Making the News

Boston Globe

Originally Published:Friday, August 29, 2008

Michael Pollock - managing director of the Spectrum Gaming Group, which recently completed a gambling study for the state - said the national downturn in the gambling industry is unprecedented. In the past, the industry managed to ride out business cycles, leading some to consider casinos to be recession-proof.

But the current slide is different, Pollock said. Today's turbulence is closely tied to a bust in the housing market. High housing prices fueled the kind of confidence and even exuberance that fills casino floors and sometimes financed casino spending through home equity loans, he said.

Moreover, the industry was a lot smaller in the last recessions and less dependent on casual or new gamblers. "This industry is in uncharted waters right now," Pollock said.


Added slots fail to halt slide in N.E. gambling

By Sean P. Murphy
Boston Globe

Soaring gas prices, job losses, and other components of New England's struggling economy have taken a bite out of slot machine revenues, resulting in the first significant, sustained dip in the region's gambling market since Connecticut opened its tribal casinos in the 1990s.

Slot machine players wagered 6.5 percent less at the two Connecticut casinos and two Rhode Island slot parlors in July, compared with July 2007, a decrease of $137 million.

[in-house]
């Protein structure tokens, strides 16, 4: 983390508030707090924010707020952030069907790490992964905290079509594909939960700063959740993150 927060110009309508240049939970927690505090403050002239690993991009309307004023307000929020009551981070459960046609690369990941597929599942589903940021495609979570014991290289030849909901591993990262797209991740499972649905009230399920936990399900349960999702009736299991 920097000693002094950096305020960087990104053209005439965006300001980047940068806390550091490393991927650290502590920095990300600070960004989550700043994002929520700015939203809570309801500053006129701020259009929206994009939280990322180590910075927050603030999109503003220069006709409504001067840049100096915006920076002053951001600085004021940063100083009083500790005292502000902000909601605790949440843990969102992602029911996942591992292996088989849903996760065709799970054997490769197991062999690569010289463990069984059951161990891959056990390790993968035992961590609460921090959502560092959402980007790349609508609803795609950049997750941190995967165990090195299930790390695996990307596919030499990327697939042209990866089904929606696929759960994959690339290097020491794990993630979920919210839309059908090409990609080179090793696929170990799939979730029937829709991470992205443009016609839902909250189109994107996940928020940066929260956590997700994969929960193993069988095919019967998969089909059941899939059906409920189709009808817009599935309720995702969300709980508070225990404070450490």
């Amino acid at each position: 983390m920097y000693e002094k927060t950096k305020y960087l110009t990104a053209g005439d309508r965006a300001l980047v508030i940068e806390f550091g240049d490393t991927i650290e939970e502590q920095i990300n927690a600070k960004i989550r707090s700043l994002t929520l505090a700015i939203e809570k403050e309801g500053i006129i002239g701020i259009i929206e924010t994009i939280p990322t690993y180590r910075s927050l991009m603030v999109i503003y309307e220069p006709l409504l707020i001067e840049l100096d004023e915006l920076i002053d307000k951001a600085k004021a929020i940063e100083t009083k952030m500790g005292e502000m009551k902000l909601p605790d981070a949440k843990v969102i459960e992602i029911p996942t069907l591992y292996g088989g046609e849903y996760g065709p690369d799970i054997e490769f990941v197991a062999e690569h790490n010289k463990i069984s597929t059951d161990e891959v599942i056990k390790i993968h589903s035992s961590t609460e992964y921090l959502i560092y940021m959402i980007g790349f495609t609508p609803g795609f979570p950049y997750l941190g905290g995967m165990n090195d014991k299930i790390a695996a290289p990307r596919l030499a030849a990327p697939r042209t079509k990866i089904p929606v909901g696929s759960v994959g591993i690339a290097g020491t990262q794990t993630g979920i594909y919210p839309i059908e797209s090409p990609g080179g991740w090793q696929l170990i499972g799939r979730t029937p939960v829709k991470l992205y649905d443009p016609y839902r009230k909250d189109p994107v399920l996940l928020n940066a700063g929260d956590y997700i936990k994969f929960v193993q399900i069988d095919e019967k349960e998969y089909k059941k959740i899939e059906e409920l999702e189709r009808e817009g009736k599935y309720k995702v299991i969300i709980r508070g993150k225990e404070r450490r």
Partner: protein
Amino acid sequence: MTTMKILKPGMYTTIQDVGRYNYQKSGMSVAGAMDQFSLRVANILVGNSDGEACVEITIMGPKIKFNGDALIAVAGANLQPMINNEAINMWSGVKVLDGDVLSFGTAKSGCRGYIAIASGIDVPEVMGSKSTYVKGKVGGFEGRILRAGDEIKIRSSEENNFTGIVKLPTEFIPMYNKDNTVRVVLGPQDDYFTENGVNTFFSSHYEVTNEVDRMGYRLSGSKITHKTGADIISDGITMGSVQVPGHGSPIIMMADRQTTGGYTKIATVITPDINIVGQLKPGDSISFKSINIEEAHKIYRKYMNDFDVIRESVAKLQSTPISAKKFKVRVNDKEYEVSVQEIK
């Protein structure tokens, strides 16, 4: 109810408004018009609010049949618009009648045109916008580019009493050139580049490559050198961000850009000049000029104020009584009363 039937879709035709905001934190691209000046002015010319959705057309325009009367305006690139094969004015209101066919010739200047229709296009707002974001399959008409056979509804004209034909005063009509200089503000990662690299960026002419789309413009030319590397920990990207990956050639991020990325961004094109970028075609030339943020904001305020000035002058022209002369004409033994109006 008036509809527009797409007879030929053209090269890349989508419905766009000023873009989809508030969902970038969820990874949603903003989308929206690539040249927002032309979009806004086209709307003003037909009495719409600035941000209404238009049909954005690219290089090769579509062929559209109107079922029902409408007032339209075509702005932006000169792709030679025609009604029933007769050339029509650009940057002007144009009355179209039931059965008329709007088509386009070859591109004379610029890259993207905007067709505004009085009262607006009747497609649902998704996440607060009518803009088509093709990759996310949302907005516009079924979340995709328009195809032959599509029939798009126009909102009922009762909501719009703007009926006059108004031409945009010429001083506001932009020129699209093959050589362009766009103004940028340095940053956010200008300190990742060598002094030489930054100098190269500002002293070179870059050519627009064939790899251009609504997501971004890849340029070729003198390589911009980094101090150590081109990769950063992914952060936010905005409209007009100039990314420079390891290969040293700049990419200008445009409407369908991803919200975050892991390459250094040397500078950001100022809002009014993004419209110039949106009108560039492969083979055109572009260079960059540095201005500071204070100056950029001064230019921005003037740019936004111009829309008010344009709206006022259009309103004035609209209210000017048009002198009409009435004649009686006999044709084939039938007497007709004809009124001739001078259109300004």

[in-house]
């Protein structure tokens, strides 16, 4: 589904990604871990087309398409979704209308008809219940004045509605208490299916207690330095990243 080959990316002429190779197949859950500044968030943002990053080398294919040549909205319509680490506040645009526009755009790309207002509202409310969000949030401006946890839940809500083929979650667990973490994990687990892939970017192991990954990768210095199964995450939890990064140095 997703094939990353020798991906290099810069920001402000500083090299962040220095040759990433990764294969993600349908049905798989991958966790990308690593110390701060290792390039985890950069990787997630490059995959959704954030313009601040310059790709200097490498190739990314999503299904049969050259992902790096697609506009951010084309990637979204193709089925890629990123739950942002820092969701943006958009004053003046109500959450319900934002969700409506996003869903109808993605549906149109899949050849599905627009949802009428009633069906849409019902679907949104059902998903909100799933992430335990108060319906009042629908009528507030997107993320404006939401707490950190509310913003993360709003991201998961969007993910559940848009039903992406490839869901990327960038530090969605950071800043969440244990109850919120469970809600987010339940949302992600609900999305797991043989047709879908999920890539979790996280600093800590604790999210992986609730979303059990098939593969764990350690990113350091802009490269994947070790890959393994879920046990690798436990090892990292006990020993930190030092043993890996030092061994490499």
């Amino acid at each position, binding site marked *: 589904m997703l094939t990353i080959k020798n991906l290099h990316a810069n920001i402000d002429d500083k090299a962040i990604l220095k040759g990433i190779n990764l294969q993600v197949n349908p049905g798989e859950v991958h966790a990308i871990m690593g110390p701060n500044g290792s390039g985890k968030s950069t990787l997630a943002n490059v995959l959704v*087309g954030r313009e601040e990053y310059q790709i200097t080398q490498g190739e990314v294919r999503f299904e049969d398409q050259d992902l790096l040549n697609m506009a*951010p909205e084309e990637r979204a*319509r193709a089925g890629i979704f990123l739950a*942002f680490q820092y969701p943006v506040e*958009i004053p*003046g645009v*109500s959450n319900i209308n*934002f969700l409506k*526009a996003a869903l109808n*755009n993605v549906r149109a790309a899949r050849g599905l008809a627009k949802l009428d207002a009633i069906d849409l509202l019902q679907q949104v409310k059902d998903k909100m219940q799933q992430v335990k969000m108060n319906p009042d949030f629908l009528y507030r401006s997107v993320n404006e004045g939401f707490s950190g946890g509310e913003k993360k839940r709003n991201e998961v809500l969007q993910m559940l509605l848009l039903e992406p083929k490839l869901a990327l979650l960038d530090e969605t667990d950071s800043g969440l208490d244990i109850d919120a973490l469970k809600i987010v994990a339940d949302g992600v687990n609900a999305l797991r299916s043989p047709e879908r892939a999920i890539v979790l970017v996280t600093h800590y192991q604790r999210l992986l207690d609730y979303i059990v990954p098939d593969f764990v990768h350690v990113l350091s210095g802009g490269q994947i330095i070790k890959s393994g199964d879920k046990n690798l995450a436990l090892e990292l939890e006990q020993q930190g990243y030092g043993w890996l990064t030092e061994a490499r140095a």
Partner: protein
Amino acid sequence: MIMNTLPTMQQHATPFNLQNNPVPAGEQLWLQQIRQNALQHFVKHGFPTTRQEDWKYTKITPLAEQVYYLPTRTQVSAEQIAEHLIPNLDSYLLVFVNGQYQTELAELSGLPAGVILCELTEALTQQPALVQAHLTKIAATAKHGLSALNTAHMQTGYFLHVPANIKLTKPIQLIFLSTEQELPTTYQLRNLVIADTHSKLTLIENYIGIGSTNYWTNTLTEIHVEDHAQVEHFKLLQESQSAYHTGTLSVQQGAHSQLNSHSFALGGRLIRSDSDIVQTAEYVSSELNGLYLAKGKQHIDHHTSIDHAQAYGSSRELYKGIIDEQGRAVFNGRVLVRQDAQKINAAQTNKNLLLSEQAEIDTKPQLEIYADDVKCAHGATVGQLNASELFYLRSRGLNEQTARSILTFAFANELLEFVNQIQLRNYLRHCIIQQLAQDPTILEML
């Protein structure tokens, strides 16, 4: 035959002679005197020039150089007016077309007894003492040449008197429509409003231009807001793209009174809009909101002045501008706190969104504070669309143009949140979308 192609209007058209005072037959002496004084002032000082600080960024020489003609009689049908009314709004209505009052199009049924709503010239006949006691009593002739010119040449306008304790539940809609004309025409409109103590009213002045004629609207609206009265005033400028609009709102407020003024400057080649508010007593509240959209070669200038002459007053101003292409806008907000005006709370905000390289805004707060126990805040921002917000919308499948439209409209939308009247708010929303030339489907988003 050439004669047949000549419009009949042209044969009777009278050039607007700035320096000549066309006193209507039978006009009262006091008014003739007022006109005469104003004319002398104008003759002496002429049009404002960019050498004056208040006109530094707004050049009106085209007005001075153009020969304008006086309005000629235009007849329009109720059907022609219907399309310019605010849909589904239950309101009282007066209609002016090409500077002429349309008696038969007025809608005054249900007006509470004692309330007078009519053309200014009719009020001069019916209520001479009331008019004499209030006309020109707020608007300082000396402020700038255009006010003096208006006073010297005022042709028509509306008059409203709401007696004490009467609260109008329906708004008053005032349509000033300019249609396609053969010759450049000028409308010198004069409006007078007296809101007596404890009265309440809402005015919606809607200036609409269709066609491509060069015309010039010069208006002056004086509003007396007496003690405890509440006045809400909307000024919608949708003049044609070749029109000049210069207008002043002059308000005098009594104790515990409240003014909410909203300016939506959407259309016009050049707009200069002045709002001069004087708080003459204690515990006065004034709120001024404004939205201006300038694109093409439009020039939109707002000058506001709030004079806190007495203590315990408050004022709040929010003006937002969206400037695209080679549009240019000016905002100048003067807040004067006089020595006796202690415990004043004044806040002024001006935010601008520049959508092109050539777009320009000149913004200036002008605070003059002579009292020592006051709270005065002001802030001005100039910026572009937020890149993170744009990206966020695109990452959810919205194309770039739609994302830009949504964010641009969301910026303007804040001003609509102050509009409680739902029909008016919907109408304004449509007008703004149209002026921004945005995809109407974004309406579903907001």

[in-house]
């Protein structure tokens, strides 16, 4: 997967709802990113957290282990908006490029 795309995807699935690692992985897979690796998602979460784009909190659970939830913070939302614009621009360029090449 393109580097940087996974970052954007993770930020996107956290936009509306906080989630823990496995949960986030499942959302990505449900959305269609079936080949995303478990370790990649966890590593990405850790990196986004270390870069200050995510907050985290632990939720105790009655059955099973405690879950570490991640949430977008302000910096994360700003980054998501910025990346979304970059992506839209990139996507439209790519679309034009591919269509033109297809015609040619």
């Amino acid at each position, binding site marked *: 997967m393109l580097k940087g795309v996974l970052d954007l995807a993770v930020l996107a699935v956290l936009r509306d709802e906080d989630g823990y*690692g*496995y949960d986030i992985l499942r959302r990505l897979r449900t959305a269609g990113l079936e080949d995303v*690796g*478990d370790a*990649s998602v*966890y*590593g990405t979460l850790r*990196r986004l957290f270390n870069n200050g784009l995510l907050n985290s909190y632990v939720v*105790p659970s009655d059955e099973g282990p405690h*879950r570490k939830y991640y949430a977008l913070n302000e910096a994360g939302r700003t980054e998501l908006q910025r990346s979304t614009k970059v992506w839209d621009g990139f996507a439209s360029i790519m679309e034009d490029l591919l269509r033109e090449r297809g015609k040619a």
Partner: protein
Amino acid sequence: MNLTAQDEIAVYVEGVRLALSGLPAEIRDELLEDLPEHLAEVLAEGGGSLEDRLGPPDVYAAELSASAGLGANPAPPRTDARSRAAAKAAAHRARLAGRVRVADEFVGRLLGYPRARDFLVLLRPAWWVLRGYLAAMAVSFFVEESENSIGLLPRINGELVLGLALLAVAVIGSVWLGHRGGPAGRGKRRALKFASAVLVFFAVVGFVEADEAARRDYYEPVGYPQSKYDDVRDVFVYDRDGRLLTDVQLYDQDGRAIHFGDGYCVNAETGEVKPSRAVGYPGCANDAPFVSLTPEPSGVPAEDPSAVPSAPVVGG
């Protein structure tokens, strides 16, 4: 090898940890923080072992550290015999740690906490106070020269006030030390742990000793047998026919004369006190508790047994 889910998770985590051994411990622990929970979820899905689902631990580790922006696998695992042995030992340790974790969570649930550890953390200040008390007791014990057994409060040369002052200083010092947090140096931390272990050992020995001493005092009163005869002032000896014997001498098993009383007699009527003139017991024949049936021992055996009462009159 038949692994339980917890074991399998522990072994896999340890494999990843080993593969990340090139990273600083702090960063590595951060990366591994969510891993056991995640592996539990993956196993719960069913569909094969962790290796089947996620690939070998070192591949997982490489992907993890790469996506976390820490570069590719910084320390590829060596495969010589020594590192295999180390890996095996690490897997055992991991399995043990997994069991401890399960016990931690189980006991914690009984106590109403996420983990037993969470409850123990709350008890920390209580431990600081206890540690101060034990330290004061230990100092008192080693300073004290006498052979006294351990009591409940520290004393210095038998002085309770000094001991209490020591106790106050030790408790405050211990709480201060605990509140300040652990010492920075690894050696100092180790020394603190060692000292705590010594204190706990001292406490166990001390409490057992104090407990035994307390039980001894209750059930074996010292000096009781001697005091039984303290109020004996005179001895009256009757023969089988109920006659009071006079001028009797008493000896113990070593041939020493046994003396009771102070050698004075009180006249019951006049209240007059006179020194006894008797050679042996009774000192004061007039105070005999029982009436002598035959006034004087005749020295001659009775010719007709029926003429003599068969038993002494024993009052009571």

The downturn, reflective of a national slide in gambling revenues, has taken hold even as New England gambling operators have increased the supply of slot machines. About 1,300 new machines were placed on line in Connecticut and Rhode Island in the last year. And today, Mohegan Sun in Connecticut is hosting the grand opening of a $925 million expansion, adding 650 machines.

Mitchell Etess, Mohegan Sun president and chief executive, said yesterday that the economic downturn "clearly is having a negative impact" on Mohegan Sun and Foxwoods, Connecticut's other casino. "But this is a very solid market and will turn around," he said.

For years, Foxwoods and Mohegan Sun and the Twin River and Newport Grand slot parlors in Rhode Island added more slot machines to keep up with increasing demand. But now the demand appears to be more than satisfied, at least temporarily.

What will happen in the future is difficult to predict, gambling analysts said. The divergent trends - more slot machines, less demand from gamblers - could complicate the debate over whether to legalize casinos in Massachusetts. Governor Deval Patrick proposed a plan to license three casinos in Massachusetts last year; it was defeated by the Legislature, but advocates and opponents expect that the issue to emerge again in 2009.

"It's got to give people pause, and surely it will give opponents to casinos in Massachusetts new arguments" about market saturation, said Arthur Wright, a University of Connecticut economist who has tracked the industry for years.

The economic downturn alone means that bids for Massachusetts gambling licenses, pegged by Patrick last year at a minimum $200 million each, would be substantially less, because of increased borrowing costs, Wright said. And it may well preclude some would-be bidders from getting into the game because they cannot line up financing, he said.

Kofi Jones, a spokeswoman for the Patrick administration, said it was premature to discuss future casino initiatives.

The one location that could be immune to market saturation in New England is in metropolitan Boston, however. With its high per-capita earnings, dense population, and huge tourist market, the Hub remains an attractive location for a new megacasino, he said.